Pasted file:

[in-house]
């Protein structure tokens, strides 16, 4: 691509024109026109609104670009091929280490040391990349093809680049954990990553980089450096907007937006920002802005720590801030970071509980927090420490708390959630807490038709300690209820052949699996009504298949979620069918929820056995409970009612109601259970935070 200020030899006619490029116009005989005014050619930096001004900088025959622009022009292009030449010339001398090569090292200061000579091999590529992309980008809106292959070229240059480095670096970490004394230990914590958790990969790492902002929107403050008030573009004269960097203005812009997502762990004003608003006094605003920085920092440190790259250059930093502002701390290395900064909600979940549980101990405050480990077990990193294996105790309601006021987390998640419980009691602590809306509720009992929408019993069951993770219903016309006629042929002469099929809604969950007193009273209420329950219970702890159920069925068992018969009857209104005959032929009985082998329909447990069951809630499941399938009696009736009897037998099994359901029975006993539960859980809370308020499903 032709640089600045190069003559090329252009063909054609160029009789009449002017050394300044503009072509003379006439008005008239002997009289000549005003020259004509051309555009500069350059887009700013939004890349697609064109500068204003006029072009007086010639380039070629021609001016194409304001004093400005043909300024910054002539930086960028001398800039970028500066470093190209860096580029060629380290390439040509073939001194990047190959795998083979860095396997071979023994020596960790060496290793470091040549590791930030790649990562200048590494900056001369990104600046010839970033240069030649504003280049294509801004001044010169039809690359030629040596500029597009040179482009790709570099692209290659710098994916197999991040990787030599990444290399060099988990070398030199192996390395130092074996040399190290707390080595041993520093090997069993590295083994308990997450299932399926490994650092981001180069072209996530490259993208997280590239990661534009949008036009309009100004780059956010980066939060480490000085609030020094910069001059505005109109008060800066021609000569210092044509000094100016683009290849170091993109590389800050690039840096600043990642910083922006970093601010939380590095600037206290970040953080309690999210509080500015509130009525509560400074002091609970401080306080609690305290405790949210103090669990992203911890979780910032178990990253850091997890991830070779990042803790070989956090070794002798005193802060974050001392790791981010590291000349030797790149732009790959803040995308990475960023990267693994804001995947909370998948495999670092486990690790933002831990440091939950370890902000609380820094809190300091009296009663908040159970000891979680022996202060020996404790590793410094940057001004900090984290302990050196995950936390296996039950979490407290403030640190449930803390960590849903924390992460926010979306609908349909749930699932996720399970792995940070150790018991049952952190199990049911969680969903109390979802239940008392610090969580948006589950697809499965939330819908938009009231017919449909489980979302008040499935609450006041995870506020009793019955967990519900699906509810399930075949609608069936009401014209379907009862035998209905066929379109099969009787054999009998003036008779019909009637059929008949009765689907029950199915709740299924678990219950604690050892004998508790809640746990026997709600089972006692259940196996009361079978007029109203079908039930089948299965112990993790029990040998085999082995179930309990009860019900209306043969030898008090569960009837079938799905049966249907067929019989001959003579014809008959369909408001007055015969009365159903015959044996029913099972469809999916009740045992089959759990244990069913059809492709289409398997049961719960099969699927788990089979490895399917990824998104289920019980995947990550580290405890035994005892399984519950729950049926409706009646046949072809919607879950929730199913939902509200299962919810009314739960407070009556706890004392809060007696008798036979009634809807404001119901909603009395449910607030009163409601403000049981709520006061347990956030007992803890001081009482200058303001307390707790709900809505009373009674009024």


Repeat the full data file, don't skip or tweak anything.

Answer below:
[in-house]
């Protein structure tokens, strides 16, 4: 691509024109026109609104670009091929280490040391990349093809680049954990990553980089450096907007937006920002802005720590801030970071509980927090420490708390959630807490038709300690209820052949699996009504298949979620069918929820056995409970009612109601259970935070 200020030899006619490029116009005989005014050619930096001004900088025959622009022009292009030449010339001398090569090292200061000579091999590529992309980008809106292959070229240059480095670096970490004394230990914590958790990969790492902002929107403050008030573009004269960097203005812009997502762990004003608003006094605003920085920092440190790259250059930093502002701390290395900064909600979940549980101990405050480990077990990193294996105790309601006021987390998640419980009691602590809306509720009992929408019993069951993770219903016309006629042929002469099929809604969950007193009273209420329950219970702890159920069925068992018969009857209104005959032929009985082998329909447990069951809630499941399938009696009736009897037998099994359901029975006993539960859980809370308020499903 032709640089600045190069003559090329252009063909054609160029009789009449002017050394300044503009072509003379006439008005008239002997009289000549005003020259004509051309555009500069350059887009700013939004890349697609064109500068204003006029072009007086010639380039070629021609001016194409304001004093400005043909300024910054002539930086960028001398800039970028500066470093190209860096580029060629380290390439040509073939001194990047190959795998083979860095396997071979023994020596960790060496290793470091040549590791930030790649990562200048590494900056001369990104600046010839970033240069030649504003280049294509801004001044010169039809690359030629040596500029597009040179482009790709570099692209290659710098994916197999991040990787030599990444290399060099988990070398030199192996390395130092074996040399190290707390080595041993520093090997069993590295083994308990997450299932399926490994650092981001180069072209996530490259993208997280590239990661534009949008036009309009100004780059956010980066939060480490000085609030020094910069001059505005109109008060800066021609000569210092044509000094100016683009290849170091993109590389800050690039840096600043990642910083922006970093601010939380590095600037206290970040953080309690999210509080500015509130009525509560400074002091609970401080306080609690305290405790949210103090669990992203911890979780910032178990990253850091997890991830070779990042803790070989956090070794002798005193802060974050001392790791981010590291000349030797790149732009790959803040995308990475960023990267693994804001995947909370998948495999670092486990690790933002831990440091939950370890902000609380820094809190300091009296009663908040159970000891979680022996202060020996404790590793410094940057001004900090984290302990050196995950936390296996039950979490407290403030640190449930803390960590849903924390992460926010979306609908349909749930699932996720399970792995940070150790018991049952952190199990049911969680969903109390979802239940008392610090969580948006589950697809499965939330819908938009009231017919449909489980979302008040499935609450006041995870506020009793019955967990519900699906509810399930075949609608069936009401014209379907009862035998209905066929379109099969009787054999009998003036008779019909009637059929008949009765689907029950199915709740299924678990219950604690050892004998508790809640746990026997709600089972006692259940196996009361079978007029109203079908039930089948299965112990993790029990040998085999082995179930309990009860019900209306043969030898008090569960009837079938799905049966249907067929019989001959003579014809008959369909408001007055015969009365159903015959044996029913099972469809999916009740045992089959759990244990069913059809492709289409398997049961719960099969699927788990089979490895399917990824998104289920019980995947990550580290405890035994005892399984519950729950049926409706009646046949072809919607879950929730199913939902509200299962919810009314739960407070009556706890004392809060007696008798036979009634809807404001119901909603009395449910607030009163409601403000049981709520006061347990956030007992803890001081009482200058303001307390707790709900809505009373009674009024």